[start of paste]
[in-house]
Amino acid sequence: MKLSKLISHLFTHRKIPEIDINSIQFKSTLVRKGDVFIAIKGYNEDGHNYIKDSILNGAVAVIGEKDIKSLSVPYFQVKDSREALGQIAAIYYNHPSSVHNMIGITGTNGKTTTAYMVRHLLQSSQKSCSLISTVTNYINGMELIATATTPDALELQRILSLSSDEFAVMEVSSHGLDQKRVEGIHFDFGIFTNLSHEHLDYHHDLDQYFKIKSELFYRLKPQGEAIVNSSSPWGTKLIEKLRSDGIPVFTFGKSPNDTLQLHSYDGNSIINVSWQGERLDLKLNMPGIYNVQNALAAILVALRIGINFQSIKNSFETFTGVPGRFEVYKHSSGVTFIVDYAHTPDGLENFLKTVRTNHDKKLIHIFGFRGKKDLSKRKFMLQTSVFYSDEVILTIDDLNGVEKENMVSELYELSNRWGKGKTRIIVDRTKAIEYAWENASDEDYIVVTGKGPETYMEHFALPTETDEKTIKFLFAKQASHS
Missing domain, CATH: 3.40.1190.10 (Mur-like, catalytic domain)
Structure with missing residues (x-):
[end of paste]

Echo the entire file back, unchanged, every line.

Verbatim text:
[in-house]
Amino acid sequence: MKLSKLISHLFTHRKIPEIDINSIQFKSTLVRKGDVFIAIKGYNEDGHNYIKDSILNGAVAVIGEKDIKSLSVPYFQVKDSREALGQIAAIYYNHPSSVHNMIGITGTNGKTTTAYMVRHLLQSSQKSCSLISTVTNYINGMELIATATTPDALELQRILSLSSDEFAVMEVSSHGLDQKRVEGIHFDFGIFTNLSHEHLDYHHDLDQYFKIKSELFYRLKPQGEAIVNSSSPWGTKLIEKLRSDGIPVFTFGKSPNDTLQLHSYDGNSIINVSWQGERLDLKLNMPGIYNVQNALAAILVALRIGINFQSIKNSFETFTGVPGRFEVYKHSSGVTFIVDYAHTPDGLENFLKTVRTNHDKKLIHIFGFRGKKDLSKRKFMLQTSVFYSDEVILTIDDLNGVEKENMVSELYELSNRWGKGKTRIIVDRTKAIEYAWENASDEDYIVVTGKGPETYMEHFALPTETDEKTIKFLFAKQASHS
Missing domain, CATH: 3.40.1190.10 (Mur-like, catalytic domain)
Structure with missing residues (x-):